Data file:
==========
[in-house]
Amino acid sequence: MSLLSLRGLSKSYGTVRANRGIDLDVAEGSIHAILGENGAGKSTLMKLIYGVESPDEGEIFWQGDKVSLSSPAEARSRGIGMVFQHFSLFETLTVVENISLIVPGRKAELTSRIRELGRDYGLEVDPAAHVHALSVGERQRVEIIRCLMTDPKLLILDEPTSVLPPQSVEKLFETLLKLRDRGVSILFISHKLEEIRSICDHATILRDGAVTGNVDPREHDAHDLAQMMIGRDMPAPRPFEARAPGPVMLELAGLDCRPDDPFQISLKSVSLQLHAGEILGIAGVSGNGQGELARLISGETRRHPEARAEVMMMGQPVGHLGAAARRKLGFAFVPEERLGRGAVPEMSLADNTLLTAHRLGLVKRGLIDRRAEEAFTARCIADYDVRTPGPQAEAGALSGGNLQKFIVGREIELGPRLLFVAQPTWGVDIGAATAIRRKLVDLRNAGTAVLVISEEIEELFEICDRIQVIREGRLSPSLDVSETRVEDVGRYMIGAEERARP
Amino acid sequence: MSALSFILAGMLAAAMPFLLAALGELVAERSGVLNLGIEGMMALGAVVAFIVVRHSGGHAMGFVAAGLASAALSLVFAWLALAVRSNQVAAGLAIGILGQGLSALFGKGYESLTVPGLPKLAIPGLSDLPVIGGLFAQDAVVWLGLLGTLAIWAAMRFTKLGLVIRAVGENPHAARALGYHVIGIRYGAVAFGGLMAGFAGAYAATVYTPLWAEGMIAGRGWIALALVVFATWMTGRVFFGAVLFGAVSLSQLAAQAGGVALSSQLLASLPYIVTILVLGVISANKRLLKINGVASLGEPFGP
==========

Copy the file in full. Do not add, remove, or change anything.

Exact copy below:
[in-house]
Amino acid sequence: MSLLSLRGLSKSYGTVRANRGIDLDVAEGSIHAILGENGAGKSTLMKLIYGVESPDEGEIFWQGDKVSLSSPAEARSRGIGMVFQHFSLFETLTVVENISLIVPGRKAELTSRIRELGRDYGLEVDPAAHVHALSVGERQRVEIIRCLMTDPKLLILDEPTSVLPPQSVEKLFETLLKLRDRGVSILFISHKLEEIRSICDHATILRDGAVTGNVDPREHDAHDLAQMMIGRDMPAPRPFEARAPGPVMLELAGLDCRPDDPFQISLKSVSLQLHAGEILGIAGVSGNGQGELARLISGETRRHPEARAEVMMMGQPVGHLGAAARRKLGFAFVPEERLGRGAVPEMSLADNTLLTAHRLGLVKRGLIDRRAEEAFTARCIADYDVRTPGPQAEAGALSGGNLQKFIVGREIELGPRLLFVAQPTWGVDIGAATAIRRKLVDLRNAGTAVLVISEEIEELFEICDRIQVIREGRLSPSLDVSETRVEDVGRYMIGAEERARP
Amino acid sequence: MSALSFILAGMLAAAMPFLLAALGELVAERSGVLNLGIEGMMALGAVVAFIVVRHSGGHAMGFVAAGLASAALSLVFAWLALAVRSNQVAAGLAIGILGQGLSALFGKGYESLTVPGLPKLAIPGLSDLPVIGGLFAQDAVVWLGLLGTLAIWAAMRFTKLGLVIRAVGENPHAARALGYHVIGIRYGAVAFGGLMAGFAGAYAATVYTPLWAEGMIAGRGWIALALVVFATWMTGRVFFGAVLFGAVSLSQLAAQAGGVALSSQLLASLPYIVTILVLGVISANKRLLKINGVASLGEPFGP